Normal Anatomy


The larynx is divided into supraglottis glottic, and subglottic parts, whereas the trachea is composed of the cervical extrathoracic trachea and the mid and lower intrathoracic trachea.1,2 The supraglottic portion of the larynx is constituted by the epiglottis, aryepiglottic folds, arytenoids, and false cords. The glottic portion of the larynx is made up of the laryngeal ventricles and both vocal cords. The crescent-shaped laryngeal ventricles are situated between the false and true cords as lateral invaginations of mucosa. The subglottic space extends from the undersurface of the vocal cords to the inferior margin of the cricoid cartilage, which is also the lower boundary of the larynx. This subglottic area is oval in shape and measures about 1.5 to 2 cm in length (Figures 4-1 through 4-4).3-5


The cervical trachea extends from the inferior margin of the cricoid cartilage to the thoracic inlet, and the intrathoracic trachea extends from the thoracic inlet to the carina where it divides into the right and left main bronchi.6,7 There are 14 to 22 (mean 17) C-shaped hyaline tracheal cartilage rings that support the anterior and lateral tracheal walls. The cartilaginous portion of each tracheal ring forms a "C" with the membranous portion found posteriorly, which is unsupported by cartilage. The first ring is partly recessed into the broader ring of the cricoid cartilage. The cartilaginous rings are usually semicircular or horseshoe-shaped and are the chief determinant of cross-sectional shape. Tracheal diameter grows from 3 to 4 mm in infancy to about 20 mm in adulthood.8,9 The cervical trachea is subject to atmospheric pressure and the intrathoracic trachea is subject to intrathoracic pressure that is equivalent to pleural pressure during quiet breathing. During forced expiration or coughing, the intrathoracic pressure becomes greater than atmospheric pressure, increasing the compressive transmural pressure that narrows the intrathoracic trachea.

figure 4-1 Normal laryngeal anatomy. Normal lateral view of the neck demonstrates the epiglottis, aryepiglottic folds (AEF), false vocal cords (FC), true cords (VC), and subglottic space (asterisk^.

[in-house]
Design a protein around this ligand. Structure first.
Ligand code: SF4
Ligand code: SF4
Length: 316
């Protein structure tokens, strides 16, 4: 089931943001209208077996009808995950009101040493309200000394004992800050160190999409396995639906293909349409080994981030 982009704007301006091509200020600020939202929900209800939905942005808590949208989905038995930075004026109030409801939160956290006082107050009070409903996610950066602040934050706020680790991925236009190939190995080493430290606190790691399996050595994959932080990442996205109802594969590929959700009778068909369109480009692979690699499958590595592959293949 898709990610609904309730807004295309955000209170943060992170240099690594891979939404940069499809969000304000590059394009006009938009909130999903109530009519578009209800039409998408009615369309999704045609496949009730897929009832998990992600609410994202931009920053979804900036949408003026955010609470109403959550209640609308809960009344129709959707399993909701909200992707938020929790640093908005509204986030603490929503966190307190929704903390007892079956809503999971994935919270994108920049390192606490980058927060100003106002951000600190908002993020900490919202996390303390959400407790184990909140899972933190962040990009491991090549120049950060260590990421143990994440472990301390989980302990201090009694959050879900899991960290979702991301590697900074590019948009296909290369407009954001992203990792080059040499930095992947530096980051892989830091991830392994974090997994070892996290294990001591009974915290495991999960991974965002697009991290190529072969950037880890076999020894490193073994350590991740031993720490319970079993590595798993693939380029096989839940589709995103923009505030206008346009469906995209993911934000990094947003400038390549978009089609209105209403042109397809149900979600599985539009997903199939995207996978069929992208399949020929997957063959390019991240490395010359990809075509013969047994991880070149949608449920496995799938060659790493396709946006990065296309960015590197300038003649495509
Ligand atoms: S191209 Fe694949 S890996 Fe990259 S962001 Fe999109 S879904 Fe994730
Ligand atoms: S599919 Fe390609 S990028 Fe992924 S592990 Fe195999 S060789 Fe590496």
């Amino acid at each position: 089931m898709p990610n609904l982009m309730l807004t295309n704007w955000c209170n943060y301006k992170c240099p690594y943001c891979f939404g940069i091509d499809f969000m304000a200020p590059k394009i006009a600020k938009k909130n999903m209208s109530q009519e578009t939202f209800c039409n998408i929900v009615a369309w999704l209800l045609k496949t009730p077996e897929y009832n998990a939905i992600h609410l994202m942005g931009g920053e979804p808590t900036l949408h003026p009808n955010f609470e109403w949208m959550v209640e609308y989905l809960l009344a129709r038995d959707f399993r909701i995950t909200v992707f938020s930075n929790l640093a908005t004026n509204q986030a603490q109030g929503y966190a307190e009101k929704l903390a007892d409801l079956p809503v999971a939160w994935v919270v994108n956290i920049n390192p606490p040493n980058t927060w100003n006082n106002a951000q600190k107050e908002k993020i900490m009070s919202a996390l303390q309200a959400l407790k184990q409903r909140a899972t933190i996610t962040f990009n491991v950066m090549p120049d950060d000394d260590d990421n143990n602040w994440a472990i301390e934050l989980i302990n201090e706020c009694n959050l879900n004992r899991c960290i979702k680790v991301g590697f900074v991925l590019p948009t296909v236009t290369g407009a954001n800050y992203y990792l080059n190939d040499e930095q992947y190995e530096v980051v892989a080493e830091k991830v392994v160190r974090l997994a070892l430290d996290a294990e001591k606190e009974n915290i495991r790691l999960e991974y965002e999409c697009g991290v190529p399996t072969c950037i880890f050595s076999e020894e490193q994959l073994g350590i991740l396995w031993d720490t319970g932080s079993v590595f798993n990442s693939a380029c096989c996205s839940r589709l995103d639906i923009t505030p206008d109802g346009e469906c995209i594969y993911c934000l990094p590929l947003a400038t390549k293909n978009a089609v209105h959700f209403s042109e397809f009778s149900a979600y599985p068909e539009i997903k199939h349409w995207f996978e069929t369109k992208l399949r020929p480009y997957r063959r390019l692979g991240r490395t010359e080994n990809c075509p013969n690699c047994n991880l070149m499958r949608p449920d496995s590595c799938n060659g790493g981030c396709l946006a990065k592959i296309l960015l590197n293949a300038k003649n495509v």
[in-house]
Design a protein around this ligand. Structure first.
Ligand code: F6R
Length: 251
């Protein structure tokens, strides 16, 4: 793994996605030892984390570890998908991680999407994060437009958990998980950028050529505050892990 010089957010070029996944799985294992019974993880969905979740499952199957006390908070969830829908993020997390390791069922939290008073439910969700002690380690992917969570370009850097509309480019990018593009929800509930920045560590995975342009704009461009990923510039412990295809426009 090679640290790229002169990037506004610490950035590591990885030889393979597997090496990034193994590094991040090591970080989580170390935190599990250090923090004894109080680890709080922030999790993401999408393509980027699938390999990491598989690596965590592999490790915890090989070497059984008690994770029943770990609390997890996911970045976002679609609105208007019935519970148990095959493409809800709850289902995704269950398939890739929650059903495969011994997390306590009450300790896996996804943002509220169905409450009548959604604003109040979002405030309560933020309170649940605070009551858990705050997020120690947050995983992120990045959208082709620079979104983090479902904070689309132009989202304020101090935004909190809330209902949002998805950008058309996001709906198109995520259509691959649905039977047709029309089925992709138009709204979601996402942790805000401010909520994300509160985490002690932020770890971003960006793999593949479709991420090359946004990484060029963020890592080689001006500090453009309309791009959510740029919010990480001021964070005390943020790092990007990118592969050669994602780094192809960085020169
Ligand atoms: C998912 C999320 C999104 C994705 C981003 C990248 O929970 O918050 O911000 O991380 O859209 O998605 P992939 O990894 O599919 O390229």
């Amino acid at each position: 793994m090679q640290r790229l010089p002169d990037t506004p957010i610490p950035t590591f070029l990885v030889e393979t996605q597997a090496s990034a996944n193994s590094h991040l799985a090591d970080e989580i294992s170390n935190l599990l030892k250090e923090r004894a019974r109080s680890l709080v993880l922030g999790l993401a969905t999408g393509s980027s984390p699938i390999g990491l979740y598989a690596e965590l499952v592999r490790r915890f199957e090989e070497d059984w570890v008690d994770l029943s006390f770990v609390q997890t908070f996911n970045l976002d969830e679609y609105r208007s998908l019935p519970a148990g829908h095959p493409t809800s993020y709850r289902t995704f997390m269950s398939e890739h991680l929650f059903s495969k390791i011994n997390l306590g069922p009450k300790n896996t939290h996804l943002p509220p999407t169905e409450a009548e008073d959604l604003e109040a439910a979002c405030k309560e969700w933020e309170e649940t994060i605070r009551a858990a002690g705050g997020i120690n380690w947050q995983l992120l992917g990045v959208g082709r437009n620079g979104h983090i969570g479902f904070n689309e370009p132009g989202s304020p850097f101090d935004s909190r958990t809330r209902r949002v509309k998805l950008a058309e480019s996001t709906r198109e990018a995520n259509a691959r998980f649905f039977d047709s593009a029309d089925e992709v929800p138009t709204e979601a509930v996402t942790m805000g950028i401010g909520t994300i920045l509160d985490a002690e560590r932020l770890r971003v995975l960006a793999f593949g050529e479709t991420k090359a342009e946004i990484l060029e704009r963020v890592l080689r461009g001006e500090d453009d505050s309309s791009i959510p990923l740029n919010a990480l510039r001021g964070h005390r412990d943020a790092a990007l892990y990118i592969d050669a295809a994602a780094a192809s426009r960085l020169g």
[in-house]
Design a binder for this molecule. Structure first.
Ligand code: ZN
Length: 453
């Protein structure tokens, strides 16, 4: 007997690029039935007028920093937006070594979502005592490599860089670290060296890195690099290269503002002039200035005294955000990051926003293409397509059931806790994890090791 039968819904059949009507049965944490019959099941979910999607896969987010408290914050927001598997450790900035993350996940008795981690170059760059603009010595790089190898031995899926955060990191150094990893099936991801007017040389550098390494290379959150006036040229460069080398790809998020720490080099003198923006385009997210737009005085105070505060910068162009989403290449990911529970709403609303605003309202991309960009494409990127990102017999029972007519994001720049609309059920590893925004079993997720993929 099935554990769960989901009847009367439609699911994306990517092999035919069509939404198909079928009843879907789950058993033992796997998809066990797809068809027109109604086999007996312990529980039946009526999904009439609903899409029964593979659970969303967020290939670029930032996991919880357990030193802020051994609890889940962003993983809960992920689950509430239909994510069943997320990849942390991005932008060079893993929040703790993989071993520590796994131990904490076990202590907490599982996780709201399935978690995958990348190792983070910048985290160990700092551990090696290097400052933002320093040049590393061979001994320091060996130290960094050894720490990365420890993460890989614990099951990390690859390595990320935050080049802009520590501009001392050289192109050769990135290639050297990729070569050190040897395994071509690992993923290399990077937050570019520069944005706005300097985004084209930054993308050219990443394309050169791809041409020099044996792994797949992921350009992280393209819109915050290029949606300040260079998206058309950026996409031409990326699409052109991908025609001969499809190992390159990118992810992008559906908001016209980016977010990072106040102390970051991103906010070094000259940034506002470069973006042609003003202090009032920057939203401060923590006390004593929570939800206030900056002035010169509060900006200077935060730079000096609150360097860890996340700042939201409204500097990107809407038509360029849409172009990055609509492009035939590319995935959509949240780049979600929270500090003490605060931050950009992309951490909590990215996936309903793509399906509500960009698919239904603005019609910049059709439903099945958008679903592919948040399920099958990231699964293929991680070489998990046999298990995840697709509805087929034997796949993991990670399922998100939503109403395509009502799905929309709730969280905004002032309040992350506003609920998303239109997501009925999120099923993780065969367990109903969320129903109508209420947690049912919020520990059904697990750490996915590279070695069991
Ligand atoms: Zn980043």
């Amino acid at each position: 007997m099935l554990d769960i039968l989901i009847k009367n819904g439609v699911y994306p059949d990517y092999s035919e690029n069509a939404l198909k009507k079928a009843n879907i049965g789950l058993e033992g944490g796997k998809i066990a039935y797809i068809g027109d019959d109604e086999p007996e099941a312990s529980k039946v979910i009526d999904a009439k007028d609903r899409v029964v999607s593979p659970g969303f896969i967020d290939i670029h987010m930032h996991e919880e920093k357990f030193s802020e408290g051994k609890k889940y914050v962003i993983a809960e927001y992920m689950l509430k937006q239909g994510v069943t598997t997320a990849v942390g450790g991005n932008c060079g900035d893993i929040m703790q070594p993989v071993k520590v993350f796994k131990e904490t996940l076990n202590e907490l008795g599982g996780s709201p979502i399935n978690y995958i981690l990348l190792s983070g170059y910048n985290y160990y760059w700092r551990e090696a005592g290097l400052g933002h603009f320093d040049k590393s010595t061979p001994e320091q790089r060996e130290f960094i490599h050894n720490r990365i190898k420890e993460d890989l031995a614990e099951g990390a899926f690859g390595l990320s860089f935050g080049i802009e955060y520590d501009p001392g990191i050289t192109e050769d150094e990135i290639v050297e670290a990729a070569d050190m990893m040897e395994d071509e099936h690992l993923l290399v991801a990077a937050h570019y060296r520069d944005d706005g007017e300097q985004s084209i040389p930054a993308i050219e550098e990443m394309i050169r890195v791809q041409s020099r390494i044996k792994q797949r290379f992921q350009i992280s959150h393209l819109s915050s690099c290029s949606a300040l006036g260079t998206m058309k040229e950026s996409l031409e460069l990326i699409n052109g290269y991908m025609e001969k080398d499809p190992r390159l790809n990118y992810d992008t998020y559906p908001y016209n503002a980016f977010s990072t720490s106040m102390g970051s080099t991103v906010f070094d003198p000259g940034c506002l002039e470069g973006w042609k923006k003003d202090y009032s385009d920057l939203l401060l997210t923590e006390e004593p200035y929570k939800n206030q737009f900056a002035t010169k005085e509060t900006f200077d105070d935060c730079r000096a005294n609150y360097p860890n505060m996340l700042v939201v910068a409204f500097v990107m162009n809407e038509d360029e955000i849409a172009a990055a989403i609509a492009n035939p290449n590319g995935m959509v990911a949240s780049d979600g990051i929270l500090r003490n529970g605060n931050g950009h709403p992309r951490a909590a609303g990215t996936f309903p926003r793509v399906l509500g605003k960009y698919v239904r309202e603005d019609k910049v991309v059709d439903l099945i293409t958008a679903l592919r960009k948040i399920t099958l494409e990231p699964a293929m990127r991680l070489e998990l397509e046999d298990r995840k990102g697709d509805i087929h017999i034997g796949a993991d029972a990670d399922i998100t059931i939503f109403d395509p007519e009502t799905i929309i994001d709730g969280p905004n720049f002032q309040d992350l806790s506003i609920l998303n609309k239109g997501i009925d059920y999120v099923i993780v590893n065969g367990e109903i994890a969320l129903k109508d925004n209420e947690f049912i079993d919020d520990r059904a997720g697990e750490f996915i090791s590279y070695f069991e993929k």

figure 4-2 Normal laryngeal anatomy. Anteroposterior high-kilovoltage view of the larynx and trachea demonstrates the aryepiglottic folds (AEF), false cords (FC), vocal cords (VC), and subglottic space (lower asterisk^. Upper asterisk = laryngeal ventricle; plus sign = pyriform sinus.

Pyriform Sinus Anatomy

figure 4-3 Normal laryngeal anatomy. A, Axial computed tomography (CT) scan, at the upper third of larynx level, outlines the epiglottis and aryepiglottic folds (AEF). B, Axial CT scan, at the vocal cord (VC) level, defines the arytenoids, cricoid cartilage, and thyroid cartilage.

figure 4-4 Normal laryngeal anatomy. A, Normal lateral T1-weighted image of the larynx and cervical trachea illustrates the epiglottis, preepiglottic fat space (asterisk), and subglottic space (plus sign). B, Coronal T1-weighted image of the larynx and cervical trachea depicts the vocal cord (VC) and subglottic space (asterisk).

Coronal narrowing occurs due to inward bending of the cartilaginous rings, and sagittal narrowing occurs as a result of invagination of the posterior membranous wall. Narrowing of the tracheal diameter up to 50% may be considered normal. Accentuated tracheal collapse may occur if there is abnormal flaccidity as occurs in tracheomalacia.

Normal reflections of the trachea can be identified on chest radiographs.10,11 The right paratracheal stripe (RPS) is a thin stripe formed by the reflection of the right upper lobe with the right tracheal wall, normally 1 to 4 mm in thickness. Widening of the RPS is indicative of inherent tracheal wall disease or widening of the paratracheal soft tissues or right mediastinal pleural reflection. Normally, the left tracheal wall is not discernible because it has no contact with the left lung. The tracheoesophageal stripe (TES) is formed by the posterior tracheal wall, the anterior wall of the esophagus, and interposed fat and connective tissues, and is seen only when the esophagus contains air. The posterior tracheal band (PTB) is comprised of the posterior membranous wall of the trachea, which is formed by the interface of air in the tracheal lumen and the aerated retrotracheal recess of the right upper lobe. It is present only from the thoracic inlet to the carina, whereas the TES can be discerned from the cervical and intrathoracic regions. The PTB and TES are seen on the lateral chest radiographs, in 80 to 90% of patients. They have a uniform width of 3 to 5 mm. A left-sided aortic arch will make an impression on the left lower tracheal wall. A right-sided aortic arch will make a similar impression on the right lower tracheal wall. The tracheal bifurcation is at the level of the fifth thoracic vertebra. The intrathoracic esophagus lies slightly to the left and behind the trachea. The azygous vein may be seen as a horizontal soft tissue band, which crosses posterior to the trachea toward the right tracheobronchial angle.

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  • Ashleigh Ross
    Where is the mid intrathoracic trachea?
    7 months ago

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